Farmworkers sue Calif. regulators over heat rules

FRESNO, Calif. -- The United Farm Workers of America sued California's work safety division Thursday, saying state regulators aren't enforcing heat regulations, leading to continued illnesses and deaths in the fields.

The lawsuit, filed on behalf of the union and individual farmworkers, alleges that the California Division of Occupational Safety and Health failed in the last two years to conduct inspections in response to some heat complaints, didn't initiate inspections on time, and failed to cite or adequately fine violators.

The agency said in a statement that it has "issued hundreds of citations and penalties for heat safety standard violations" and that "the lawsuit filed today risks draining resources away from these critical enforcement actions."

An ongoing lawsuit filed in 2009 alleged similar violations in earlier years.

At least 14 farmworkers have died of heat-related causes since 2005, when California adopted the nation's first rules requiring shade and water for the state's 450,000 farmworkers.

There were three confirmed heat-related fatalities in 2008, none in 2009, none in 2010 and one last year. Four deaths this summer are being investigated.

The heat rules require employers with outdoor workers to establish and implement emergency procedures, and to provide training on heat illness prevention, drinking water _ at least 1 quart per hour per employee _ and shade when temperatures are above 85 degrees.

State regulators say increased enforcement has paid off with greater compliance. In 2011, inspectors conducted 1,090 heat inspections and devoted a third of the agency's resources to heat illness prevention, said spokesman Dean Fryer.

According to Cal/OSHA's data, a quarter of the employers inspected in 2011 did not obey the heat rules _ though compliance has greatly increased since the rules were first implemented.

According to the suit, filed in Los Angeles County Superior Court, in the summer of 2011, UFW staff filed or assisted farm workers in filing 78 complaints reporting serious violations of the rules. The suit states that Cal/OSHA failed to conduct any on-site inspection for at least 55 of the 78 complaints, did not initiate an inspection within three days for at least 43 of the 78 complaints, and despite documented violations, issued a citation for violation in only three of the 78 cases.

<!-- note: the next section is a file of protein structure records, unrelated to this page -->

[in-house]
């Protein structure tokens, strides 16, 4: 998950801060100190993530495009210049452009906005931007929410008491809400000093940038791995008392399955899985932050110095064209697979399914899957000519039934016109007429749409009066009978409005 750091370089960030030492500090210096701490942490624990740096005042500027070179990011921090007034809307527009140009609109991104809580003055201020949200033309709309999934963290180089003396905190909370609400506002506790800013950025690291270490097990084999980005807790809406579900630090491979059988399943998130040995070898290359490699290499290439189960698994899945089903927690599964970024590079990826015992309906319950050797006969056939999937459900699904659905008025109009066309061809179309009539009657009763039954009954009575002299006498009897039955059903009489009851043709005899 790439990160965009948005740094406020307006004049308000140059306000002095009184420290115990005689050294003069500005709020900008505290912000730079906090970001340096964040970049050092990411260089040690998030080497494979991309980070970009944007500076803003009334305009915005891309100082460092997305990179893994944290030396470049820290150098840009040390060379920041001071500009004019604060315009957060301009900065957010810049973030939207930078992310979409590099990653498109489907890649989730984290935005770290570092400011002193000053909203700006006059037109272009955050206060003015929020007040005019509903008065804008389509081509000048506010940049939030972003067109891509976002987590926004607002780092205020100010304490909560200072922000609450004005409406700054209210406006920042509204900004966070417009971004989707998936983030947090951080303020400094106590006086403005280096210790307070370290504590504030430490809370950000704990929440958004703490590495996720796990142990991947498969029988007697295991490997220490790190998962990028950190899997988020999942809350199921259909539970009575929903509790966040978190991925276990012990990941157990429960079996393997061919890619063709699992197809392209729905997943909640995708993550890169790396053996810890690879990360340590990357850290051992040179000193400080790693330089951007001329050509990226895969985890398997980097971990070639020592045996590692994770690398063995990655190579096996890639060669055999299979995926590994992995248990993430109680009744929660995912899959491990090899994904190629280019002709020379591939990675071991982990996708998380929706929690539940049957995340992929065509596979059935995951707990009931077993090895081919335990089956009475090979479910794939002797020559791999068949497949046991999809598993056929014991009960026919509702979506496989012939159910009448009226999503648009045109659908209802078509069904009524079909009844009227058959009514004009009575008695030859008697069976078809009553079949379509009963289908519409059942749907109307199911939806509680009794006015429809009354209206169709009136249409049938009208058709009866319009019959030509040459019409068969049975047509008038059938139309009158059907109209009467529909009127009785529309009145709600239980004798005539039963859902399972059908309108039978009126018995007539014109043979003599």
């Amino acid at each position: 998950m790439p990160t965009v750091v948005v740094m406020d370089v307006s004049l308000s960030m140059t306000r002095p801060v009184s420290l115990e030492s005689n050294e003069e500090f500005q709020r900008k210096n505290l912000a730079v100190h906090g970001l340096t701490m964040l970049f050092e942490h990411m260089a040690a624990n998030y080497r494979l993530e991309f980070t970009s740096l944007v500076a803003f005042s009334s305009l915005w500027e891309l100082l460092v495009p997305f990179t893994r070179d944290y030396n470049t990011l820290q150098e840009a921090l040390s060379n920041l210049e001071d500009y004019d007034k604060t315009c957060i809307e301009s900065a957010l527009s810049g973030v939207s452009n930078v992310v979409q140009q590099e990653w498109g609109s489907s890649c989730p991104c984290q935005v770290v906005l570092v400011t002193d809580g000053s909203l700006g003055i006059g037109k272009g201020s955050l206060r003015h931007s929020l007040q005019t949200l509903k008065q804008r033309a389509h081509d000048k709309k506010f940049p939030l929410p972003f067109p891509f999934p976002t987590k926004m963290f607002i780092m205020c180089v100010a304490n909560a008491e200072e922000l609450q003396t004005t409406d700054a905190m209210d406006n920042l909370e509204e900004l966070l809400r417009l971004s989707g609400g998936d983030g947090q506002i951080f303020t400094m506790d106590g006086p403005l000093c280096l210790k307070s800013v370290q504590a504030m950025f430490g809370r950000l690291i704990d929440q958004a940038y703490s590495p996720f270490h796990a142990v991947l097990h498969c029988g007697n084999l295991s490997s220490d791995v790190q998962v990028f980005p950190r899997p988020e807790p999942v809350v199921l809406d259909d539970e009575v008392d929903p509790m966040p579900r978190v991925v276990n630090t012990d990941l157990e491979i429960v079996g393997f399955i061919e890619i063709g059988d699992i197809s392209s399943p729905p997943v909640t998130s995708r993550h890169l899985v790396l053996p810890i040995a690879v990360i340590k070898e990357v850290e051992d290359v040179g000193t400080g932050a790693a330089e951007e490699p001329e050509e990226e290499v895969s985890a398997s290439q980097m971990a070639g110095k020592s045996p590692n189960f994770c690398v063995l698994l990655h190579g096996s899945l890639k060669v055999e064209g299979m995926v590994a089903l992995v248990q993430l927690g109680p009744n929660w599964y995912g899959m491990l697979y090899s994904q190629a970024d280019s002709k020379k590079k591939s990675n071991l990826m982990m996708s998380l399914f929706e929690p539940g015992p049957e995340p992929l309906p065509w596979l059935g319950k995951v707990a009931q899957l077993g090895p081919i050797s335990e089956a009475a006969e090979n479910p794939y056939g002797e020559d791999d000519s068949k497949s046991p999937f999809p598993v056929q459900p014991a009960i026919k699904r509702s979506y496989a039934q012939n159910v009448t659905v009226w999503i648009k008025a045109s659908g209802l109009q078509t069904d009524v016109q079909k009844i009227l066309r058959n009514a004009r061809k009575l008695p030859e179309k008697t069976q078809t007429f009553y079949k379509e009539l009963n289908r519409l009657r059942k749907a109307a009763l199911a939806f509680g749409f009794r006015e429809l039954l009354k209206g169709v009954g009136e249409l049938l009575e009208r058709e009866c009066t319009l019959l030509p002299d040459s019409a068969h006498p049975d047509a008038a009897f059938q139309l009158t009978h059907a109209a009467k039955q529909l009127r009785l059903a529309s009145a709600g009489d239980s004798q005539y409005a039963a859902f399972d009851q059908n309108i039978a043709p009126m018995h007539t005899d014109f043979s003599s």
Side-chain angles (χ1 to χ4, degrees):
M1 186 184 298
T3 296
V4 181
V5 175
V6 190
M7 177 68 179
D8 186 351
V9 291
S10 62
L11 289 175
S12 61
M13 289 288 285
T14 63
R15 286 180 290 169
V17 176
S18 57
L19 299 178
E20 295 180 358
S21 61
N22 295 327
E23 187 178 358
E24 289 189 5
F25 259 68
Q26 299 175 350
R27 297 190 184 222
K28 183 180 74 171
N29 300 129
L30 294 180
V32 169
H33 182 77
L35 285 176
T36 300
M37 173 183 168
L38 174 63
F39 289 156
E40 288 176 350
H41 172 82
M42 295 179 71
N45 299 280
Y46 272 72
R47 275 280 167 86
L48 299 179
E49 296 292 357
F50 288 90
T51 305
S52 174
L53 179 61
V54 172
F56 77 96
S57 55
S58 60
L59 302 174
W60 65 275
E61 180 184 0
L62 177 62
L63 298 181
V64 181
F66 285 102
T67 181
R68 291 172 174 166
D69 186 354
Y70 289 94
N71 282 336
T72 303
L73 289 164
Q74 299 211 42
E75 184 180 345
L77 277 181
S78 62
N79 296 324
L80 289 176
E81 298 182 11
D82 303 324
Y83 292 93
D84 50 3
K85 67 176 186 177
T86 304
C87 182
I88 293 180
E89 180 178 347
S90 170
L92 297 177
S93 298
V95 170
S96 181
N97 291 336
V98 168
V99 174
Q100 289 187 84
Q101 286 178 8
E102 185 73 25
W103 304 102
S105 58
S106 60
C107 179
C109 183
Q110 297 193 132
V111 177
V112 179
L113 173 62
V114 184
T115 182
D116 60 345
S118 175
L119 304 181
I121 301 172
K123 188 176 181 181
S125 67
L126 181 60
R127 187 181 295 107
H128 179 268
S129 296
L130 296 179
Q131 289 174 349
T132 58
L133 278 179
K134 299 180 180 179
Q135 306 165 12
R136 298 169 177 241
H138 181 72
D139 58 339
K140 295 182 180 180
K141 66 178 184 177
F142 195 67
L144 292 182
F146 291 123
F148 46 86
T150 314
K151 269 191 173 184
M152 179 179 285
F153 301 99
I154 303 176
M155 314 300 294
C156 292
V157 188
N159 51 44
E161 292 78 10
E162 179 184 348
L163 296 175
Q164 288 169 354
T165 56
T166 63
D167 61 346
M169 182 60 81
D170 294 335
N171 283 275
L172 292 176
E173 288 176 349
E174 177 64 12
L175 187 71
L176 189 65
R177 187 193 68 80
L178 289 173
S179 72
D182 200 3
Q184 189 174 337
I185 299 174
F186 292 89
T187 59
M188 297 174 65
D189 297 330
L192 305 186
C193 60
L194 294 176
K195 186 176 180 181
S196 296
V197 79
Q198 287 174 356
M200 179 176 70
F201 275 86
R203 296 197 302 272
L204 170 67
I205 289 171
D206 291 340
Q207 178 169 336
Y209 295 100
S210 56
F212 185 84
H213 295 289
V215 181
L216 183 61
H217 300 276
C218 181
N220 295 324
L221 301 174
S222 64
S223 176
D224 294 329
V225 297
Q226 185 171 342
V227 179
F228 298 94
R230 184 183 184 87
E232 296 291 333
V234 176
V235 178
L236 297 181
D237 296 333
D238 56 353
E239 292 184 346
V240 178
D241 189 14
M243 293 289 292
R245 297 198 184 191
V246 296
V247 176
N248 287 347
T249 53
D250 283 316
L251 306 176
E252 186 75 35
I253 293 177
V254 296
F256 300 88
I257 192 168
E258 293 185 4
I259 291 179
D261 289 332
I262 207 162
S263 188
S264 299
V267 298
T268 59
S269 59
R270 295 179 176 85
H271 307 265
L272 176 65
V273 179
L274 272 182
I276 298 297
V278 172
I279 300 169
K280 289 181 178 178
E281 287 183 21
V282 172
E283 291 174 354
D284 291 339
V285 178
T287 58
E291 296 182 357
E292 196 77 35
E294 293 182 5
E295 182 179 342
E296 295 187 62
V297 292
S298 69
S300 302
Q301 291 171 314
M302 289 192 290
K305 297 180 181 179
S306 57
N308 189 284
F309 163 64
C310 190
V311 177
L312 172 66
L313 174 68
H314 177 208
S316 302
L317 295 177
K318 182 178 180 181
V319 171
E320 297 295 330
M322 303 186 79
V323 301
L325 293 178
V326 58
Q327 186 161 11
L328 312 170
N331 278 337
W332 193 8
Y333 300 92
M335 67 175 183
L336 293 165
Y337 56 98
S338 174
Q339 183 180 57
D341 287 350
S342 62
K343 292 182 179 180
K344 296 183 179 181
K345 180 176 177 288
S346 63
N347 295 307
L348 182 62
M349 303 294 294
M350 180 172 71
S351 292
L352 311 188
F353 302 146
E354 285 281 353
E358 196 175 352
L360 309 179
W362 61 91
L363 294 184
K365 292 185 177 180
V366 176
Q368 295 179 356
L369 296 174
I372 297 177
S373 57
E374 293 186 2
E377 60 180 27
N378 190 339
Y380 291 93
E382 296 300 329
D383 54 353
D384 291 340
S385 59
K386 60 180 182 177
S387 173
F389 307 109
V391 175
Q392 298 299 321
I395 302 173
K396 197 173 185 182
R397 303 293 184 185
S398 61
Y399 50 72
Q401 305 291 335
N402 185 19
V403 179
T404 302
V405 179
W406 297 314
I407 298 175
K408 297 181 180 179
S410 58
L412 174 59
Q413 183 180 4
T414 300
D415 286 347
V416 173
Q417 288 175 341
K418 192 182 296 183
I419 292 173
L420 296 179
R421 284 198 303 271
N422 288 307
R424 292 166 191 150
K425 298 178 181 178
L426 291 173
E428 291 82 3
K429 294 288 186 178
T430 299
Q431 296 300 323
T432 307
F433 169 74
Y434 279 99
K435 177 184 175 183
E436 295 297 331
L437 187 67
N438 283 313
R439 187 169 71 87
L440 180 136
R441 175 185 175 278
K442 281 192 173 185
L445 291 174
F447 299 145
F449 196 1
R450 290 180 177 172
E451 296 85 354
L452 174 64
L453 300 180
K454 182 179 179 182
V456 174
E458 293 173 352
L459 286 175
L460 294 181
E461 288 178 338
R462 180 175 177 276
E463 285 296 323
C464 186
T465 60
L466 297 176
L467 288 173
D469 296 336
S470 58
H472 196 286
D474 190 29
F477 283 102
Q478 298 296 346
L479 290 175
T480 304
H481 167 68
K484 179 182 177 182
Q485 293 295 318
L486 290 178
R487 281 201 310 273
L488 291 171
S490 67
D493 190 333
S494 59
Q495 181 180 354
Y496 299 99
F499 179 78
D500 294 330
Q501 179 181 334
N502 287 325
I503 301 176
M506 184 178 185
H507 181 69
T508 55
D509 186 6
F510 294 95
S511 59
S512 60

In one example mentioned in the suit, a UFW organizer in July 2011 observed approximately 25 workers at Valpredo Farms working in 90-degree heat with only a small beach umbrella provided for shade. Another crew of 40 workers was provided no shade at all. A complaint was filed, but Cal/OSHA did not investigate until two weeks later, the suit contends. On that date, investigators observed no employees working at the site, and the agency closed the case soon thereafter.

The agency, which has 200 inspectors, has acknowledged challenges in the past. Cal/OSHA has said inspectors have trouble verifying allegations in some cases where workers were no longer present at a site, where inspectors couldn't find the site, or where the violation was no longer present.

Data show that 89 of the 185 heat complaints filed with the agency in 2010 and 2011 had not resulted in on-site inspections.

In September, Gov. Jerry Brown vetoed two bills that would have increased penalties and imposed jail time for farmers who do not to provide adequate shade and water to their workers.